Facebook announced they are now offering language targeting and radius targeting through their platform. Personally, I have not had any conversations regarding targeting Spanish speakers, but I have had a lot of conversations about using Facebook for local advertising. Prior to today, there were a couple different ways to net down the audience size and “target” local markets. I also have an unfair advantage since around 90% of Utah’s population is along the Wasatch Front, which makes it easier. However, not everyone has that luxury of population density.

Imagine someone in California that had a few small locations that wanted to use Facebook, targeting all of LA might not be the best option. They could use Google for search and set custom targeting, but an issue with search is that people have to know what they are looking for and “search”. Facebook’s new targeting option allows advertisers to promote their services in a similar fashion that display advertising works, with much better geo targeting. Since social networks get so much traffic, small advertisers now have another viable model for local advertising on the web.

This could be a large move for Facebook along with their new Pages release which will also increase the amount of local businesses using Facebook. Rather than static pages where there was not many benefots of being a fan, the changes allow for a much more dynamic environment that allows brands to have a voice in social media.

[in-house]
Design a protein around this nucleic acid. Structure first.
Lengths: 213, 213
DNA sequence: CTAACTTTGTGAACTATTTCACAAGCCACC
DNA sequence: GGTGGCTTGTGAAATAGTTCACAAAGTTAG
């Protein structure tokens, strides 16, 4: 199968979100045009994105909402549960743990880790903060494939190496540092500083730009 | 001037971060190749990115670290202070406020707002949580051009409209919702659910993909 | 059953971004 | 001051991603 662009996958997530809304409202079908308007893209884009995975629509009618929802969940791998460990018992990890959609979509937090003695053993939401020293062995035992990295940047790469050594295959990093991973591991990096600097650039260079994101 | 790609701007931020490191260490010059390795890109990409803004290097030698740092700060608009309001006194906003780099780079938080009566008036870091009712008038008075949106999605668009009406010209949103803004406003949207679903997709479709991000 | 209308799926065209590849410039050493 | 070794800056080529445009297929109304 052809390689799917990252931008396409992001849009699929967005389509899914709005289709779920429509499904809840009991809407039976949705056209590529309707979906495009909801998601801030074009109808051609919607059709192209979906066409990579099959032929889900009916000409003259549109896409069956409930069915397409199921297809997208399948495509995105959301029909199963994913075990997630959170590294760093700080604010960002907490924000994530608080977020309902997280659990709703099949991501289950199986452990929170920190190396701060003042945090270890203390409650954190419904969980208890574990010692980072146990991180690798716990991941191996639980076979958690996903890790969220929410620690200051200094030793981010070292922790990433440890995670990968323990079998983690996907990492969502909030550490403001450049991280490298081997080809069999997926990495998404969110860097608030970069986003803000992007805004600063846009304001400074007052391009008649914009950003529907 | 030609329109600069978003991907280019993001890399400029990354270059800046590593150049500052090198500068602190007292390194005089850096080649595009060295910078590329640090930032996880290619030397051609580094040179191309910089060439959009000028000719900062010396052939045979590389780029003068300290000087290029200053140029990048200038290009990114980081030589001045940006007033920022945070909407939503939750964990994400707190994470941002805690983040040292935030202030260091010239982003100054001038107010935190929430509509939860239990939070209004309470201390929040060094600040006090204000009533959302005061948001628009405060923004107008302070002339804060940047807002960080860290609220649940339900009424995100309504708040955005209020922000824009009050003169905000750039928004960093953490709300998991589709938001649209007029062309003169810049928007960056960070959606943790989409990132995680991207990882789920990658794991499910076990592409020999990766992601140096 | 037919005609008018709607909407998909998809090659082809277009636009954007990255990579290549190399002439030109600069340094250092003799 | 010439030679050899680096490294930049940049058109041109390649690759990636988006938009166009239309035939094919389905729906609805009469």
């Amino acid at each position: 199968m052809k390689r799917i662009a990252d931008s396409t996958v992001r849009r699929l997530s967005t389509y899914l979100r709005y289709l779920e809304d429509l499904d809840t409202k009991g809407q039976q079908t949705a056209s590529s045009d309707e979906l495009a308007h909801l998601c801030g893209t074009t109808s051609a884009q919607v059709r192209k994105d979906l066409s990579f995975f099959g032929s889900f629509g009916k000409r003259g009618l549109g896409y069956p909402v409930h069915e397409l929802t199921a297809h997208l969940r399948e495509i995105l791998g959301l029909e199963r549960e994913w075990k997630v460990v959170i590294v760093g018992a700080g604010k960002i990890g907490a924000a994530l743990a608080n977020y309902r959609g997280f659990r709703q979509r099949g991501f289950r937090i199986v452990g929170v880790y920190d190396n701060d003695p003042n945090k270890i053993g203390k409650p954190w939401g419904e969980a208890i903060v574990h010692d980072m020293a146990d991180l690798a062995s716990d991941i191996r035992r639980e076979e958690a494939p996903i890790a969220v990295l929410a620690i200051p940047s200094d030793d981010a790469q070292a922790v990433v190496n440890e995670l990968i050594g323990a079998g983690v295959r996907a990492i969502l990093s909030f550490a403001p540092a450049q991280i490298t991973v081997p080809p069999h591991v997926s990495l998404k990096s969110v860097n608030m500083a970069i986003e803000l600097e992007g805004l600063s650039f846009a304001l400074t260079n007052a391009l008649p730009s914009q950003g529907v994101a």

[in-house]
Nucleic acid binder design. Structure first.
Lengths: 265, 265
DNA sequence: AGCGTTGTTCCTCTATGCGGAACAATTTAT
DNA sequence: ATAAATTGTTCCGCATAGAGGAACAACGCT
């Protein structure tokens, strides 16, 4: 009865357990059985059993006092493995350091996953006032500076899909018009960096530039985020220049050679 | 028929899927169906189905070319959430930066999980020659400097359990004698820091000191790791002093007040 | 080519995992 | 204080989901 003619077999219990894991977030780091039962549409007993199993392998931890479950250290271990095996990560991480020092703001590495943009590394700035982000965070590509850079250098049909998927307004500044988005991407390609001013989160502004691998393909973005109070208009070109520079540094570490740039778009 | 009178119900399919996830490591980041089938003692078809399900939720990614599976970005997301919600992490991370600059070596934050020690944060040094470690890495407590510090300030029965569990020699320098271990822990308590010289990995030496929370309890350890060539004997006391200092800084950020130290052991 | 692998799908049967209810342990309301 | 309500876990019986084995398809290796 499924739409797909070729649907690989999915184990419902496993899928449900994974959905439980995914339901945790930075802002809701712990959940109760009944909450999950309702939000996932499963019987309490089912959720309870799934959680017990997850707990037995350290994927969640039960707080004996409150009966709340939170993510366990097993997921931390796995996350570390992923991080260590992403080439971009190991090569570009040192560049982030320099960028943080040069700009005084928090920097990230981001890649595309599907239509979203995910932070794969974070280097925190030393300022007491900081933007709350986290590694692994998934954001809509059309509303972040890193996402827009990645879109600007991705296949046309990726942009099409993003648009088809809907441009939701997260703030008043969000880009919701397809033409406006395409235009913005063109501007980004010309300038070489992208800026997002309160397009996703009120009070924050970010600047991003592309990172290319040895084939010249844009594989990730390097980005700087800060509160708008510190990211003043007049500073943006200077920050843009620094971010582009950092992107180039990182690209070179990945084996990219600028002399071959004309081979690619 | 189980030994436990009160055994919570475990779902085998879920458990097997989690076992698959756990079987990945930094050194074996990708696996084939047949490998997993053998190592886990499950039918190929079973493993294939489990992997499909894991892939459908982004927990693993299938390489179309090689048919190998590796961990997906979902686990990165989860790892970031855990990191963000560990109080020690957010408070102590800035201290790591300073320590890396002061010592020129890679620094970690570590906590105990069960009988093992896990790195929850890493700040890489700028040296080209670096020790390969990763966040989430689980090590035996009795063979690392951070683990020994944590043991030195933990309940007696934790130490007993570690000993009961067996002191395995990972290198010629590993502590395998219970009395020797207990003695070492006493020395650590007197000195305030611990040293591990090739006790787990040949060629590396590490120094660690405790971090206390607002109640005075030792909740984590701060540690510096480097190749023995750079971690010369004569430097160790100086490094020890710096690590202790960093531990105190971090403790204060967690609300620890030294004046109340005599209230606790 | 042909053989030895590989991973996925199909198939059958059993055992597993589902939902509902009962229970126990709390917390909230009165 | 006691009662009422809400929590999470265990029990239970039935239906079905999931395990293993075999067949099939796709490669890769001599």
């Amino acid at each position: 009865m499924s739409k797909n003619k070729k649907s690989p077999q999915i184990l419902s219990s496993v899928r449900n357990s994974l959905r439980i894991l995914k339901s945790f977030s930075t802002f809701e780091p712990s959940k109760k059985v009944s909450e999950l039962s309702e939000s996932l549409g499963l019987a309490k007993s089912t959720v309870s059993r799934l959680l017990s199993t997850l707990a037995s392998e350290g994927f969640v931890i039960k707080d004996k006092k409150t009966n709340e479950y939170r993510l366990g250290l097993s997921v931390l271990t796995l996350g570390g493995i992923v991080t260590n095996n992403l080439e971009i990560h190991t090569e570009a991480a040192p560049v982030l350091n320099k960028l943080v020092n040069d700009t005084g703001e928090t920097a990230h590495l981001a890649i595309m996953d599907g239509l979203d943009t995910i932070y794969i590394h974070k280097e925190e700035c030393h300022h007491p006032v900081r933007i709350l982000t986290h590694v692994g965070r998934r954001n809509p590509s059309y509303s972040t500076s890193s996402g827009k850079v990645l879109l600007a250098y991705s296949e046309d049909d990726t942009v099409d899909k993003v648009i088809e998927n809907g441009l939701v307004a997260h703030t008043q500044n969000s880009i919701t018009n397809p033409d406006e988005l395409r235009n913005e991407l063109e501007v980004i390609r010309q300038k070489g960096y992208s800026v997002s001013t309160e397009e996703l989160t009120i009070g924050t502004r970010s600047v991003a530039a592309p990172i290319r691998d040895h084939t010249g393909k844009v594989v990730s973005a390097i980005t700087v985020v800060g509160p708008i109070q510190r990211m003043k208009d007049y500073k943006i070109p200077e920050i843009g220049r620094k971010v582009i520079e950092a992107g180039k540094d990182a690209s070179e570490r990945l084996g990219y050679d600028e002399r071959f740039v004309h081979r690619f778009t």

Overall, I like what I am seeing from Facebook recently (hasn’t always been the case, remember Beacon and the T&C’s issue). Any move that helps more companies and individuals move online or move more money online is a good thing.

Twitter to replace SMS

February 23, 2009

In a recent post, I briefly mentioned how Twitter poses a large threat to SMS marketing platforms. I found proof today how a company used Twitter to start a campaign and then required the offer to be shown through a SMS message delivered to phone so that it could be redeemed. I understand not everyone has a smartphone, and they utilized Twitter’s SMS feature, but it is close. Companies will continue to see the power of Twitter and use it more and more.